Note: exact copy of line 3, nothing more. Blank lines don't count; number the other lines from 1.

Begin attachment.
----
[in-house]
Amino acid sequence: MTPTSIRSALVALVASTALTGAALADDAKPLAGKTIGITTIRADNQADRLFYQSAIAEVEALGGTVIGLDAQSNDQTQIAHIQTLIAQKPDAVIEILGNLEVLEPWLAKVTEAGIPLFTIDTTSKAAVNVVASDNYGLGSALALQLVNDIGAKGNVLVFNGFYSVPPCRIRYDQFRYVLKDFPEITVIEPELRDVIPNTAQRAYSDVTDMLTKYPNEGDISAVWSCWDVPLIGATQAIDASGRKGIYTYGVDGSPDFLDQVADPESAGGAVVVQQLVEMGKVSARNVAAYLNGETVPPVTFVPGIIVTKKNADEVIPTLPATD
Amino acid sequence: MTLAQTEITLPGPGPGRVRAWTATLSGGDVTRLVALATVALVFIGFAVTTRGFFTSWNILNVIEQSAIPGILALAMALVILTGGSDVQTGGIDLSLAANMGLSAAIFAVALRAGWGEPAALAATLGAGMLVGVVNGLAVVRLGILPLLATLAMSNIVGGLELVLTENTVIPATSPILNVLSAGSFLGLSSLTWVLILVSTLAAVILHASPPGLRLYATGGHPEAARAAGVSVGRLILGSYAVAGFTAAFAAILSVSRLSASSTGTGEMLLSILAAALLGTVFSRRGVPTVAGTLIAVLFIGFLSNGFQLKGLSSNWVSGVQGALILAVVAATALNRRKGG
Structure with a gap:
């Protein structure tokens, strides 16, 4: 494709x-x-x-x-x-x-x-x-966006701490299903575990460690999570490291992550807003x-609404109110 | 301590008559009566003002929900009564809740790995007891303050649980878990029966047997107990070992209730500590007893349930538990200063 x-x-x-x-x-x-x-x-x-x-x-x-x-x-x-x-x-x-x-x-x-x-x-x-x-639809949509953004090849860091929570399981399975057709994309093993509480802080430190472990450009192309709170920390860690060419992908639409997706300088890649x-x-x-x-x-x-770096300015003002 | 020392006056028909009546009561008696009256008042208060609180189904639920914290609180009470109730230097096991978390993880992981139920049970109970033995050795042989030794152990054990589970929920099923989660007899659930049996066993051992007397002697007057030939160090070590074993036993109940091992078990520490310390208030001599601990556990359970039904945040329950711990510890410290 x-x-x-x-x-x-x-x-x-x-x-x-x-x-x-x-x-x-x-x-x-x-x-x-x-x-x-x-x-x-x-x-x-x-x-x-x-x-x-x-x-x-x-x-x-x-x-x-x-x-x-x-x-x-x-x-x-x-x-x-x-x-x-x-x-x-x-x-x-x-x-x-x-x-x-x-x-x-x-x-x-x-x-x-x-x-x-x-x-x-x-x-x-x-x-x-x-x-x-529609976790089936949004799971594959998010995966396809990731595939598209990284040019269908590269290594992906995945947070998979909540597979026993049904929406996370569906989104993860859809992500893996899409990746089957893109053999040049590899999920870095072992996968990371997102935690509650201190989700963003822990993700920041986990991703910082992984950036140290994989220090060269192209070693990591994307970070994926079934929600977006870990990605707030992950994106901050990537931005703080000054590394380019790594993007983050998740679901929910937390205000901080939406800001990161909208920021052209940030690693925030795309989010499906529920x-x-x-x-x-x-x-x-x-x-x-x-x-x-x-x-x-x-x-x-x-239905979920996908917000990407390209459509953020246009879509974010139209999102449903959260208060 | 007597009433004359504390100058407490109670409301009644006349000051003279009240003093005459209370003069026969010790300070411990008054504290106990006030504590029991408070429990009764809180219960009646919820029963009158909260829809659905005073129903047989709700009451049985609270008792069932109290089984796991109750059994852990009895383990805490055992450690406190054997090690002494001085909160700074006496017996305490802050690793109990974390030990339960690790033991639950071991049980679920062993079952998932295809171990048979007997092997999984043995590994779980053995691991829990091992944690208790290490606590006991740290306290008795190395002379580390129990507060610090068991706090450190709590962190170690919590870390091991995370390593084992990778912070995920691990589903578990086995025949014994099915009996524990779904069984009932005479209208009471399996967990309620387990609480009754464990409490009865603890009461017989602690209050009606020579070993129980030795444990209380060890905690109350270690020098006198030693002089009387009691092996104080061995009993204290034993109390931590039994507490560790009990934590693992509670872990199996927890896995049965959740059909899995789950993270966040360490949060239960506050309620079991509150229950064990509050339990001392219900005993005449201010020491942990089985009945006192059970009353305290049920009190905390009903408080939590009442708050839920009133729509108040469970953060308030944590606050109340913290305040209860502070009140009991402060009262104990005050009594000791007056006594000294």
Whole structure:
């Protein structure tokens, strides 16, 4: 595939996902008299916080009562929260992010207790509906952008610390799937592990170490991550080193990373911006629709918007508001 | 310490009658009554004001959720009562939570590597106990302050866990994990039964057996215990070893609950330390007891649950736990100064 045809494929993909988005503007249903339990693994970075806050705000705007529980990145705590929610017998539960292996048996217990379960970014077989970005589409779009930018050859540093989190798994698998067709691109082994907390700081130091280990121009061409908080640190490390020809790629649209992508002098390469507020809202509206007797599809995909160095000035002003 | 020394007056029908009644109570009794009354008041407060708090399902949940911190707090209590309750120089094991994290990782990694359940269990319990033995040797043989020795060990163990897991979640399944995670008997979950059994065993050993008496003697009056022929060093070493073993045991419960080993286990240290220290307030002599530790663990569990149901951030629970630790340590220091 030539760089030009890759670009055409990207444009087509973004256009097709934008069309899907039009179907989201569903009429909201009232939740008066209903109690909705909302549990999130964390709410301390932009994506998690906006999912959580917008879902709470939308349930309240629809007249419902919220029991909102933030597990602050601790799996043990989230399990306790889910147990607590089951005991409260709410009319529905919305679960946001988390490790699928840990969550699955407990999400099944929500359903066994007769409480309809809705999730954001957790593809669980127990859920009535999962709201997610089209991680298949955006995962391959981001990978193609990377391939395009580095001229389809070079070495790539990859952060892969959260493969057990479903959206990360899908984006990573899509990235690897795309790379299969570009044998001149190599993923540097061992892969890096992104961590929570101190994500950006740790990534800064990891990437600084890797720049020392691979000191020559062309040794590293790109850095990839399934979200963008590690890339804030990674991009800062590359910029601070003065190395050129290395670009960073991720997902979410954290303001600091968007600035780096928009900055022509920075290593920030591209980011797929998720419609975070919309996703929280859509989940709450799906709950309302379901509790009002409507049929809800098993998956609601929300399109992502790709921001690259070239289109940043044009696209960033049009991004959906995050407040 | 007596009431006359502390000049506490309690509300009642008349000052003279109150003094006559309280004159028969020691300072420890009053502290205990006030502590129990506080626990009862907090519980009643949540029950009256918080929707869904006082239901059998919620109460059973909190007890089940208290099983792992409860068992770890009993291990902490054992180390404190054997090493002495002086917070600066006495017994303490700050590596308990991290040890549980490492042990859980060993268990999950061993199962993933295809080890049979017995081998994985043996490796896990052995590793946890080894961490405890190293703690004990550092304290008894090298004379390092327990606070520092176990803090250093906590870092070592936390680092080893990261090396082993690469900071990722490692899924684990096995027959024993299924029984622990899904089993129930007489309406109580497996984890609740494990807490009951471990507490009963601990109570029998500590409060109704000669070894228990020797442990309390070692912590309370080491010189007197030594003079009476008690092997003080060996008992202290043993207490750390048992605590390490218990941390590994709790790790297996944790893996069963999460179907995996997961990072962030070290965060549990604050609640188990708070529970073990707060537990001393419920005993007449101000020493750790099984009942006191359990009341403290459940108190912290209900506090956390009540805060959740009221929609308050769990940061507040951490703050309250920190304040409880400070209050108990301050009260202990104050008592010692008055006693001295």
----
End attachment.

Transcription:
Amino acid sequence: MTLAQTEITLPGPGPGRVRAWTATLSGGDVTRLVALATVALVFIGFAVTTRGFFTSWNILNVIEQSAIPGILALAMALVILTGGSDVQTGGIDLSLAANMGLSAAIFAVALRAGWGEPAALAATLGAGMLVGVVNGLAVVRLGILPLLATLAMSNIVGGLELVLTENTVIPATSPILNVLSAGSFLGLSSLTWVLILVSTLAAVILHASPPGLRLYATGGHPEAARAAGVSVGRLILGSYAVAGFTAAFAAILSVSRLSASSTGTGEMLLSILAAALLGTVFSRRGVPTVAGTLIAVLFIGFLSNGFQLKGLSSNWVSGVQGALILAVVAATALNRRKGG